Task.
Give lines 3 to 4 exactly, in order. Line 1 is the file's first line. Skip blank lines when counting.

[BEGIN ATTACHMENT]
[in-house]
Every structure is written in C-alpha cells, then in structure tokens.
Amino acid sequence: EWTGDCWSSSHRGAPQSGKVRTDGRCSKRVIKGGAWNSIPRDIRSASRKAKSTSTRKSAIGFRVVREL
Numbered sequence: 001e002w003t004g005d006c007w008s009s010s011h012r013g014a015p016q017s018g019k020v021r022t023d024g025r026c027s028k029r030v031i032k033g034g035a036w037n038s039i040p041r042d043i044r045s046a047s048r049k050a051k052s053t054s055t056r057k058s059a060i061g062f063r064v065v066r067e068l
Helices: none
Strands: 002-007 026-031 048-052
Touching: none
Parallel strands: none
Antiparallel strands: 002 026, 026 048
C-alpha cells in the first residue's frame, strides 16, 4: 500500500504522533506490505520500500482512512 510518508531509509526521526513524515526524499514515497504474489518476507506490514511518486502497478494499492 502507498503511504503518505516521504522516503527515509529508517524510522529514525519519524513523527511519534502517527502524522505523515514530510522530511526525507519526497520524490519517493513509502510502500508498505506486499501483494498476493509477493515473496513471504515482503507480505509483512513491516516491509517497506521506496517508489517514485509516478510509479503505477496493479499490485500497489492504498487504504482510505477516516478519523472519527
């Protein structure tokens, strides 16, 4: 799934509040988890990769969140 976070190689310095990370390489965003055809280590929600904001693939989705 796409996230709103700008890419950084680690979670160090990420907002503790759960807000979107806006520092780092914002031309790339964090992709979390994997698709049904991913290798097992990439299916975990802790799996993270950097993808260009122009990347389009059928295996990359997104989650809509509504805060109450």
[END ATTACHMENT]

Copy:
Amino acid sequence: EWTGDCWSSSHRGAPQSGKVRTDGRCSKRVIKGGAWNSIPRDIRSASRKAKSTSTRKSAIGFRVVREL
Numbered sequence: 001e002w003t004g005d006c007w008s009s010s011h012r013g014a015p016q017s018g019k020v021r022t023d024g025r026c027s028k029r030v031i032k033g034g035a036w037n038s039i040p041r042d043i044r045s046a047s048r049k050a051k052s053t054s055t056r057k058s059a060i061g062f063r064v065v066r067e068l